If thoughts of marriage are filling your head this Valentine’s Day, it may be time to take a good look at your finances…and those of the one you love. Financial problems are often among the greatest challenges facing couples. With many people facing increasing levels of debt and more stringent bankruptcy laws making it more difficult to eliminate even crippling levels of debt, being on the same general financial page is more important than ever.
The issue is especially important for those under 35. MSNBC cites a report from the Federal Reserve which found that the credit card debt carried by young adults between the ages of 25 and 34 has risen from $3,989 in 1983, to $12,000 in 2001. In addition, soaring tuition costs and fewer federal education grants has resulted in undergraduate students earning their degrees, along with nearly $20,000 in debt. That figure will rise to $45,000 for graduate students, and professionals, such as doctors and lawyers, will commonly have debts exceeding $100,000, MSNBC reports.
To help couples determine whether they are on the same financial page, the Texas Society of Certified Public Accountants (TSCPA) provides the following entertaining “compatibility quiz”:
- How often do you and your significant other or spouse discuss your financial situation?
- Once a week
- Once a month
- Once a year
- Have you set a monthly budget or plan to guide your spending?
- Don’t Know
- What’s the point? We don’t have any money.
- How have you divided the financial responsibilities in your household?
- One takes care of everything. The other is oblivious.
- One pays the bills, while the other tracks investments and insurance coverage.
- We sit down together and do everything as a couple.
- Nobody takes responsibility for financial matters
- If you receive a bonus or an unexpected windfall, how would you spend your money?
- Immediately head to the mall for an afternoon of self-indulgence.
- Pay down mutual debt.
- Save a little, spend a little
- Contribute to an IRA or other retirement savings account.
- Have you ever tried to disguise or hide a purchase from your significant other or spouse?
- No, I’m always honest.
- Maybe once or twice.
- Only around the holidays
- How much money would you feel comfortable spending on a single purchase without first conferring with your significant other or spouse?
- Less than $50.
- I don’t see any reason to check with my spouse before spending money.
- If you want to make a major purchase as a couple, what do you do?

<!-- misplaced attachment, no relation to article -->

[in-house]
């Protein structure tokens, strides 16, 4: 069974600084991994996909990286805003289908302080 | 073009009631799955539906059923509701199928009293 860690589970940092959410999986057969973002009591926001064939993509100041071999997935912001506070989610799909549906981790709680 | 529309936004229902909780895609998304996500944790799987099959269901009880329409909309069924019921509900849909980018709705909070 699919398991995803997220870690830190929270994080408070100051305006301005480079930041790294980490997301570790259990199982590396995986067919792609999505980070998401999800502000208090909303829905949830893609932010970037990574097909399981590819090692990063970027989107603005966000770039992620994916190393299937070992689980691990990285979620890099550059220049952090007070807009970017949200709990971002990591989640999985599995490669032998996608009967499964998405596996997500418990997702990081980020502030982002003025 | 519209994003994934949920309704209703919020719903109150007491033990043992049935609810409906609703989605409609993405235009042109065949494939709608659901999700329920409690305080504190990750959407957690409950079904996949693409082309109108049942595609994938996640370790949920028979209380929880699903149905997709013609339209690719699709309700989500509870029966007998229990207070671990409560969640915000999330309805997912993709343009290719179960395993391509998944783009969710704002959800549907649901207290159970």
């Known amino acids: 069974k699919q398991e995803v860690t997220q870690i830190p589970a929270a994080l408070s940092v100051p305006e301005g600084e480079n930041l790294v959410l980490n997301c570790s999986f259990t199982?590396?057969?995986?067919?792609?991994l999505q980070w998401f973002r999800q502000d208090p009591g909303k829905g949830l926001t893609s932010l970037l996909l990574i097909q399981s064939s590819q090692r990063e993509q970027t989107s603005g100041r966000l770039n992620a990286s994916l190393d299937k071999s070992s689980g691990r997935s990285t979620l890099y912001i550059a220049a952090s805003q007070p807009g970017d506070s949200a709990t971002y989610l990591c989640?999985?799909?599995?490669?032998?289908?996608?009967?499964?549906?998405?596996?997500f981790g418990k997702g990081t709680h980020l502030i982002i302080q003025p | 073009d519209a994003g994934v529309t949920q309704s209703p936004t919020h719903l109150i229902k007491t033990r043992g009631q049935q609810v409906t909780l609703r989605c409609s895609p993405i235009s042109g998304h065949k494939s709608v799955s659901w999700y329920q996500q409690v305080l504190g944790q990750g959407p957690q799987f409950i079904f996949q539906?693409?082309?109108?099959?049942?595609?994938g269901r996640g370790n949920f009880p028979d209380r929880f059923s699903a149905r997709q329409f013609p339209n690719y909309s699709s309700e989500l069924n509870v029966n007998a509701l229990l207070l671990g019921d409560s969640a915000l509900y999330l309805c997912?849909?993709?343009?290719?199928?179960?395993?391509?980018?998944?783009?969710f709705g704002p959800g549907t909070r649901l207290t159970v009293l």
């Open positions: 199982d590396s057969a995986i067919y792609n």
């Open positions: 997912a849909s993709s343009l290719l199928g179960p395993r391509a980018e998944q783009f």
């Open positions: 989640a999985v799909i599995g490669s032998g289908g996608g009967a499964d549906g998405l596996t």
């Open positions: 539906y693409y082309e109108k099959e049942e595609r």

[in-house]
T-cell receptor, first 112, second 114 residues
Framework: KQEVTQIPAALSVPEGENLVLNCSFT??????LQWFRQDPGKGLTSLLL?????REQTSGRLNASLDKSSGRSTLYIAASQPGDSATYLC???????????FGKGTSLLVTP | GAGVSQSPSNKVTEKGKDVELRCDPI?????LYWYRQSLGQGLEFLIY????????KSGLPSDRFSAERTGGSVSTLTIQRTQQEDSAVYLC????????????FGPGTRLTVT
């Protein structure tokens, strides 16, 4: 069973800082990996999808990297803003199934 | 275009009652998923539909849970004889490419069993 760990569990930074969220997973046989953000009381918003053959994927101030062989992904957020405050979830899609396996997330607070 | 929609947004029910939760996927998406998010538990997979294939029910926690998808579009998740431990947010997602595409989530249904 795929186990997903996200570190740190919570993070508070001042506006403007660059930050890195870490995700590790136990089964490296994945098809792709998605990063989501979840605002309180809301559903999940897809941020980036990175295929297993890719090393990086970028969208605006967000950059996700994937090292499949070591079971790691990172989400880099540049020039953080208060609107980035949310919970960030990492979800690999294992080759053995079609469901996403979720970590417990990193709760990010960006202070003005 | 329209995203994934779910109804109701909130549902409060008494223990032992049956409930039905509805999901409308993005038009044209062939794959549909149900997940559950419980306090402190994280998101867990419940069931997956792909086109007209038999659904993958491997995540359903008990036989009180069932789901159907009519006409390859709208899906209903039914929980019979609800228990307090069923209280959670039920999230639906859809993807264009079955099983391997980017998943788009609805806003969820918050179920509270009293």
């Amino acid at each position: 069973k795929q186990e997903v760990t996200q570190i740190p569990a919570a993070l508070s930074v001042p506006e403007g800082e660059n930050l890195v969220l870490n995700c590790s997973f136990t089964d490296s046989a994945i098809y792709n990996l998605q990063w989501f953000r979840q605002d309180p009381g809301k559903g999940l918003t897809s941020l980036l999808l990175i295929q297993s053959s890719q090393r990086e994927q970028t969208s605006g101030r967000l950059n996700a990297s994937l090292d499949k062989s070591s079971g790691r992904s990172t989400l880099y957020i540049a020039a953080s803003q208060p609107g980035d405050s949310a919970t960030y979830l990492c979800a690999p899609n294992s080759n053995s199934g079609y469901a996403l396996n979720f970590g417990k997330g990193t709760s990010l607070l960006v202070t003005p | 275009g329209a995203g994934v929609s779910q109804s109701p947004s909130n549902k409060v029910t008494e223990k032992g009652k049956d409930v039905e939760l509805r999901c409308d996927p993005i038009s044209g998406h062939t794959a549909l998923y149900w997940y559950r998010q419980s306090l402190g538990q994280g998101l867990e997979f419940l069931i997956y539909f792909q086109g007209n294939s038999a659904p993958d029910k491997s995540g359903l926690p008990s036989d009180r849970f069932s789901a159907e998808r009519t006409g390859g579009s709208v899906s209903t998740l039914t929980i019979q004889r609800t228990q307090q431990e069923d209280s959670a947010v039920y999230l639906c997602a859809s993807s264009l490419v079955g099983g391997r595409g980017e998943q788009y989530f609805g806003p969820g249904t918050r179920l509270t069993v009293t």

- Open up a store charge card, or charge it on the card with the most room.
- Save the amount needed before making the purchase.
- Take the money out of your savings account.
- Resist temptation, and make do with what you have.
- How do you plan to teach your children about money responsibilities?
- An allowance system where children earn money for completing their chores each week.
- We regularly give our children money to buy whatever they want, because we want to be generous with our money.
- We try to set a good example for our children, and we expect them to follow our lead.
- We talk about spending, saving, and investing with our children
- Have you made provisions to care for your significant other or spouse in case of death or disability?
- Yes, I have an updated will, along with the disability and life insurance policies.
- Yes. I made a will 10 years ago.
- No. I’m too young for anything bad to happen.
- No. My significant other or spouse knows how I would want my property and possessions divided.
- Are you and your significant other or spouse actively saving for retirement?
- No, we hope to use our family inheritances for retirement.
- No, we don’t have any money to spare.
- Yes, we regularly set aside money for retirement.
- Yes, we have mapped out a retirement savings strategy and follow the plan.
A “financially compatible” couple will answer at least eight of these ten questions the same. This does not, however, mean that they are making wise financial decisions, just that they are making the same financial decisions. Meeting with an accountant or financial planner can assist this type of couple to have more confidence in their financial decisions.
Couples who answer between five and eight questions the same have a financial relationship that is a work in progress. More communication is needed to get everyone on the same page, but at least this couple is in the same book. Again, professional advice may be in order.
Couples who agreed on less than five of the answers are in serious need of a money makeover. Obviously, both individuals have very different views on financial matters and probably very different financial goals, although the two are not always related. A financial professional can help bring this couple closer, but it is going to take a great deal of work.
Tips on how CPAs can assist couples at any level of financial compatibility address the financial issues raised in this quiz can be found at www.ValueYourMoney.org. Such financial advice is particularly important to those under the age of 35 who have limited financial knowledge, poor saving habits and increasing levels of debt.
“Young adults have nearly no knowledge of investing so they’ll have a negative savings rate and no assets outside their home, yet they’ll be retiring later than ever before,” Robert D. Manning, professor of finance at Rochester Institute of Technology and author of Credit Card Nation, told MSNBC.
Tamara Draut, author of Strapped: Why America’s 20- and 30-Somethings Can’t Get Ahead, agrees, telling MSNBC “It’s much more difficult for this generation to work to educate their way into the middle class. They’ll probably never match their parents’ standards of living because of big loans, low income growth and a cost of housing that’s much more expensive than for a generation ago.”